The fallibility of judging

    New York Law Journal: In my first months on the court, I was concerned about my rookie status. The more senior members were more than ready to calm me down. Chief Justice William Rehnquist was both wise and consistently fair. I recall telling him at lunch with a handful of our colleagues that I did not know how I fit in with them. In his characteristically blunt manner, he said: “Clarence, in your first five years you wonder how you got here. After that, you wonder how your colleagues got here.”


  • Posted: 06/02/2015
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  • Category: Bench & Bar
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  • Source: www.newyorklawjournal.com

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Caitlyn Jenner and love in the future tense

Four questions about surrogacy for conservatives who support gay marriage

Pregnant and homeless in eighth grade, teen defies odds and becomes high school valedictorian

Another Planned Parenthood facility shuts down

Pastor Protection bill passes TX House, Senate

Five recent pro-life statements of Pope Francis

Attacks on pregnancy centers parallel Fugitive Slave Acts

ADF leads fight for Barronelle Stutzman, florist attacked for not servicing gay wedding

Washington florist files for state Supreme Court review in gay marriage case

Gallup poll shows increased support for physician assisted suicide

    First Things: Last week, Gallup released the results of a poll on the moral acceptability of various behaviors. Specifically, this poll asked people about the morality of over fifteen specific issues including abortion, gambling, and polygamy. What was most interesting was the sharp increase in the percentage of people who found doctor assisted suicide “morally acceptable.” In 2013, only 45 percent of Americans found doctor assisted suicide “morally acceptable.” Last week’s poll indicated that percentage had risen to 56 percent.


  • Posted: 06/02/2015
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  • Category: Sanctity of Life
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  • Source: www.firstthings.com

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The case of the amazing gay-marriage data: How a grad student uncovered a huge fraud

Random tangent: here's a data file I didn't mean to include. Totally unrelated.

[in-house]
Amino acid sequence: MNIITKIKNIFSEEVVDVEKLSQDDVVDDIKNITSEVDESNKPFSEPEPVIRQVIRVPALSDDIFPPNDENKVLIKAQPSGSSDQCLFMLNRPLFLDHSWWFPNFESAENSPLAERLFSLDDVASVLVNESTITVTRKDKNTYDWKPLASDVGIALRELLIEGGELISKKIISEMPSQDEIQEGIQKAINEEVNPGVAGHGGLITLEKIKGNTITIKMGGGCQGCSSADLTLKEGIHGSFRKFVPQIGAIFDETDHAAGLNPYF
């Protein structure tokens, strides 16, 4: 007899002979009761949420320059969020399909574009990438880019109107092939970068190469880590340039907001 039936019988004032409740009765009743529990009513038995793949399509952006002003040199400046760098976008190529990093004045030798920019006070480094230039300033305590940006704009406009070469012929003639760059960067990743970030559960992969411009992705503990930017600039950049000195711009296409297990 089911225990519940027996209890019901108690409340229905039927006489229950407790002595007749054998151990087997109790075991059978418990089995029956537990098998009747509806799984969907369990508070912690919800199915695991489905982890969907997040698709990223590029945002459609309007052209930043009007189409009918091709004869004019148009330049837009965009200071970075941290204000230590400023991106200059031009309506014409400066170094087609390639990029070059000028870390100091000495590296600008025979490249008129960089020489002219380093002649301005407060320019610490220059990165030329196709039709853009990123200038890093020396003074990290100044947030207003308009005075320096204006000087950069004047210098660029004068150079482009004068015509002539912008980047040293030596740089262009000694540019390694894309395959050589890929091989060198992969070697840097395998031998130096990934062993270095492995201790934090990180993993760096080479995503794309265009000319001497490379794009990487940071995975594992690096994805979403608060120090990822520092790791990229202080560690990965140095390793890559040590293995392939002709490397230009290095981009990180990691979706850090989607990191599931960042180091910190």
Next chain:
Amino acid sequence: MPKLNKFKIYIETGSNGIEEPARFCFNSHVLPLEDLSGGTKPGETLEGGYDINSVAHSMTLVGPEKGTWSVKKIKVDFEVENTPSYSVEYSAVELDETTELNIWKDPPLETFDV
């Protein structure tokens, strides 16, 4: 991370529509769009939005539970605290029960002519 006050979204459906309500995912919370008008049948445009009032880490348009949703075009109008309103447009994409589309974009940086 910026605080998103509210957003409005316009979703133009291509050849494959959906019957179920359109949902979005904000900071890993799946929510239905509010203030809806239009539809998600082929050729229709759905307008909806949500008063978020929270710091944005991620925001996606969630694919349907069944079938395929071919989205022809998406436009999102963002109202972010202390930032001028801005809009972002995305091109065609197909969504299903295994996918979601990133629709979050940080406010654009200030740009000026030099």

Slate: The exposure of one of the biggest scientific frauds in recent memory didn’t start with concerns about normally distributed data, or the test-retest reliability of feelings thermometers, or anonymous Stata output on shady message boards, or any of the other statistically complex details that would make it such a bizarre and explosive scandal. Rather, it started in the most unremarkable way possible: with a graduate student trying to figure out a money issue.


  • Posted: 06/02/2015
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  • Category: Marriage & Family
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  • Source: www.slate.com

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A look at the important cases pending before the Supreme Court

Marriage is going out of style, and that could hurt

Muslim woman denied job over head scarf wins in Supreme Court

When discrimination means death

    First Things: The social media world has been aflutter over the possibility that a flight attendant discriminated against a Muslim woman by denying her an unopened can of soda. But a story about the plight of Christians in India hasn’t caused a firestorm in the media. It is fascinating that a racial profiling incident that deprived someone of, at most, 9oz of soda can take precedence over the gang-rape of a nun, church burnings, murder, and systematic cover-ups from high ranking Hindus.


  • Posted: 06/02/2015
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  • Category: Religious Liberty
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  • Source: www.firstthings.com

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Supreme Court protects religious freedom in Abercrombie hijab case

The prospects for polygamy